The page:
Wednesday, February 18, 2009

Notes for the Professor, #1: Novels/Poetry as Assigned Reading

This is a new series that will be random and ongoing in nature. I am preparing and planning to teach as a university professor one day, and as a current student I constantly try to take note of what to do and what not to do as a professor. The variety and range of quality between professors in terms of actual teaching is startling. Some simply don't teach. Some can't teach. Others try and fail -- others succeed without trying. I am convinced, however, that the single greatest trait a professor can have is an openness, a willingness, an intentionality about exploring new and better ways to teach -- including stopping bad habits.

So I hope to nip bad habits in the bud before they happen, and to form good habits before I start. I have had the great blessing of being taught by phenomenal professors and thus feel like I have an unfair, but fortunate, head start. On the other hand, I don't know how much I have been picking up -- adding things to the arsenal, so to speak -- versus how much I merely receive and enjoy as a student without grabbing, naming, imputing, and incubating the virtues and qualities I hope to emulate.

David Wray, a professor at Abilene Christian University who teaches ministers how to teach, leads students through various "teaching tips" and invites them to keep an ongoing list as a helpful guide in all teaching endeavors. (How many "teaching"'s can we fit in one sentence? I'm sure we can beat that.) Here I want to be more specific: not little things that help in general with teaching any kind of class, but specific, concrete actions that will enhance an actual university (or seminary/graduate) class of students.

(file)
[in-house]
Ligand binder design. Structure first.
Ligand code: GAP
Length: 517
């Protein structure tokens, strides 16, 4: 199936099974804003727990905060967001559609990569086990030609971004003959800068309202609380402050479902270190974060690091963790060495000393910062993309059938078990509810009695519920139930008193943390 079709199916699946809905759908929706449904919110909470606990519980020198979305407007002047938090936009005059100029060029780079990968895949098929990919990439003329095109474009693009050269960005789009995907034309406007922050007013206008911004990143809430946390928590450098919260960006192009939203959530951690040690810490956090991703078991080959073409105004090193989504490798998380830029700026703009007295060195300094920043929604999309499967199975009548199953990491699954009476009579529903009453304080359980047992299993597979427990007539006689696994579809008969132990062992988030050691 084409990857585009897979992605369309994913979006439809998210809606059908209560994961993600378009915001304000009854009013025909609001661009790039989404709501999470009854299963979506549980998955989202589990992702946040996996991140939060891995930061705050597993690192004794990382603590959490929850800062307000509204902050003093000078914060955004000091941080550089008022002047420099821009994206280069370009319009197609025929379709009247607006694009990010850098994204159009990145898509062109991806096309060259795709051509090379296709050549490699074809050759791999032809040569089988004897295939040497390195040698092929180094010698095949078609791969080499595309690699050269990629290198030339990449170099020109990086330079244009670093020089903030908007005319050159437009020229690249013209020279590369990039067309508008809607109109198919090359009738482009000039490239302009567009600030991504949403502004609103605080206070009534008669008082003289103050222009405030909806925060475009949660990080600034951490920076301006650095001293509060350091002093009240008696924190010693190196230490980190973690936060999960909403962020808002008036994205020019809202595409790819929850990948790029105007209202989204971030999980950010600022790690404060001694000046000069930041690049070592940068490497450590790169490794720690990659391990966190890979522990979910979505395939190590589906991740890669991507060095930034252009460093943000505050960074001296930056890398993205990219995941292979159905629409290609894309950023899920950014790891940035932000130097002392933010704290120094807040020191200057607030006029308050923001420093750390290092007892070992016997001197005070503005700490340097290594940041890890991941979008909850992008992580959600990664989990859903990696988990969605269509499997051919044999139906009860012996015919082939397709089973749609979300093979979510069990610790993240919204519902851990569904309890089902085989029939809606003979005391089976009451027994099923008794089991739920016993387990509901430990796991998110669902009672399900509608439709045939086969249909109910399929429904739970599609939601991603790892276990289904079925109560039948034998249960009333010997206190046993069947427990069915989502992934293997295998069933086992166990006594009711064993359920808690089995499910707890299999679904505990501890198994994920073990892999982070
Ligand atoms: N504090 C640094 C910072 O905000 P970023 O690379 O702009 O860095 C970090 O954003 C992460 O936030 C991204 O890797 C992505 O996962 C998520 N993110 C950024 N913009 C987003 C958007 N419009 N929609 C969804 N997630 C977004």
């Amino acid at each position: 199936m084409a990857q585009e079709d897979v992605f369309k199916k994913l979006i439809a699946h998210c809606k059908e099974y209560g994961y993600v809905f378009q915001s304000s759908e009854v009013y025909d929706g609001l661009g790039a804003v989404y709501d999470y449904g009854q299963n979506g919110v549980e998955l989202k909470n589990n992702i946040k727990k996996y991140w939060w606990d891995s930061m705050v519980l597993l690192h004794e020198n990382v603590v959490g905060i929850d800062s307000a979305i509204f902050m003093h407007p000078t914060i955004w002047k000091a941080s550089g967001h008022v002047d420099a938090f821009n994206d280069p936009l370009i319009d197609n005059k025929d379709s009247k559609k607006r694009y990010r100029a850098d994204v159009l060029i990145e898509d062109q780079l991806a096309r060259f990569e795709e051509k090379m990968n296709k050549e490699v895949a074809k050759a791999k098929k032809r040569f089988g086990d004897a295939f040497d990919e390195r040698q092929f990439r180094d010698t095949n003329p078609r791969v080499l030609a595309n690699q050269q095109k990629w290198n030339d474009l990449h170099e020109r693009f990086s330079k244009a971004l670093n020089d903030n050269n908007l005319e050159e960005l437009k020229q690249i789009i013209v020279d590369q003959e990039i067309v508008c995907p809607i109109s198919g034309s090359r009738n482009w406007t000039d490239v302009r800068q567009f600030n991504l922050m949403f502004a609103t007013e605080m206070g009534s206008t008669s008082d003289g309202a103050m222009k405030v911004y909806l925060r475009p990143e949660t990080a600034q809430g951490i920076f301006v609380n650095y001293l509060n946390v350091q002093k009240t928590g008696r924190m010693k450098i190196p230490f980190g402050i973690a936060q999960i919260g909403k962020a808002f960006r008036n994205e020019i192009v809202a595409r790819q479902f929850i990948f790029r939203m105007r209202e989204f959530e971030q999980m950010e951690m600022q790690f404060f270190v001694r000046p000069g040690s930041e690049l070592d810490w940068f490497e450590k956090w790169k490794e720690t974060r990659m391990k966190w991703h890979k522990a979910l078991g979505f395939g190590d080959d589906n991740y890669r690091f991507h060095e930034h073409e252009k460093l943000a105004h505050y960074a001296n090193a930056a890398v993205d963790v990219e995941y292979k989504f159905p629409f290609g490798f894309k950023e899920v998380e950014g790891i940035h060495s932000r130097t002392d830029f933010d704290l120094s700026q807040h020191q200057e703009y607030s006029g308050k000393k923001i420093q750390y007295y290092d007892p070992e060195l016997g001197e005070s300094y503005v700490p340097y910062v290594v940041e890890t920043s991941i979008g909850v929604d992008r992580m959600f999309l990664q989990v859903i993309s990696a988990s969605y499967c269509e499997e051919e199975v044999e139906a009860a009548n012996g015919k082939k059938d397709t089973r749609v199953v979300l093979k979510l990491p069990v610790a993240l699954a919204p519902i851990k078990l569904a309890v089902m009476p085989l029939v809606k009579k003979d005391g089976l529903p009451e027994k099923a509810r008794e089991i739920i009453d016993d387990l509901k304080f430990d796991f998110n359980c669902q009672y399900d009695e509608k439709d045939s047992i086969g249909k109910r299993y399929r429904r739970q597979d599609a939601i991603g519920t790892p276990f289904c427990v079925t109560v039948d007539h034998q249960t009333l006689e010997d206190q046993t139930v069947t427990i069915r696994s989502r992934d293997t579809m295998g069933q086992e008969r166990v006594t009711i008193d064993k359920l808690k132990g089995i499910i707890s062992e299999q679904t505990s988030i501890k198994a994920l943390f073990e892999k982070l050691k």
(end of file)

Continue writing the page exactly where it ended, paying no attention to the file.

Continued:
Furthermore, because I will be in the university setting for years to come, and many friends and readers are involved somehow in the system as students or professors, this space is ideal to begin the process of learning from others what does, and does not, work and what has, and has not, been tried. I don't want to have idealistic hopes, as if my earnestness will produce invigorating classrooms and perfect, "I'm here and ready to learn!"-proclaiming students. Neither do I want to be cynical and treat students (whose ranks I still belong to!), undergraduate or graduate, as the hopeless, illiterate, apathetic, immature, or lost generation that many deem them to be. My peers may be the last four ... but they are not hopeless!

(Just kidding. Sort of.)

So, I hope you enjoy, and get in on the conversation. I don't plan for these to be epic posts, but then, my inclinations usually overwhelm my intentions. Either way -- let's start class.

Professorial Note #1: Novels/Poetry as Assigned Reading

Teaching theology poses a peculiar problem regarding reading: on the one hand, the temptation to drown oneself (along with one's students) in the terrifying deluge of literature that seemingly has no end; and on the other, to buy into the lie that the only important literature is theology. The former scares students away; the latter walls them in. You can see either student in any school of theology (possibly more so in undergraduate Bible studies programs): the self-professed nerd with a stack of Yoder, Hauerwas, Wright, Hays, et al brushing shoulders past the self-professed contrarian with a stack of Faulkner, Shakespeare, Vonnegut, Bellow, etc. The one has discovered the deep, rich, life-giving well of theological writing, and the other has found (God in) everything else.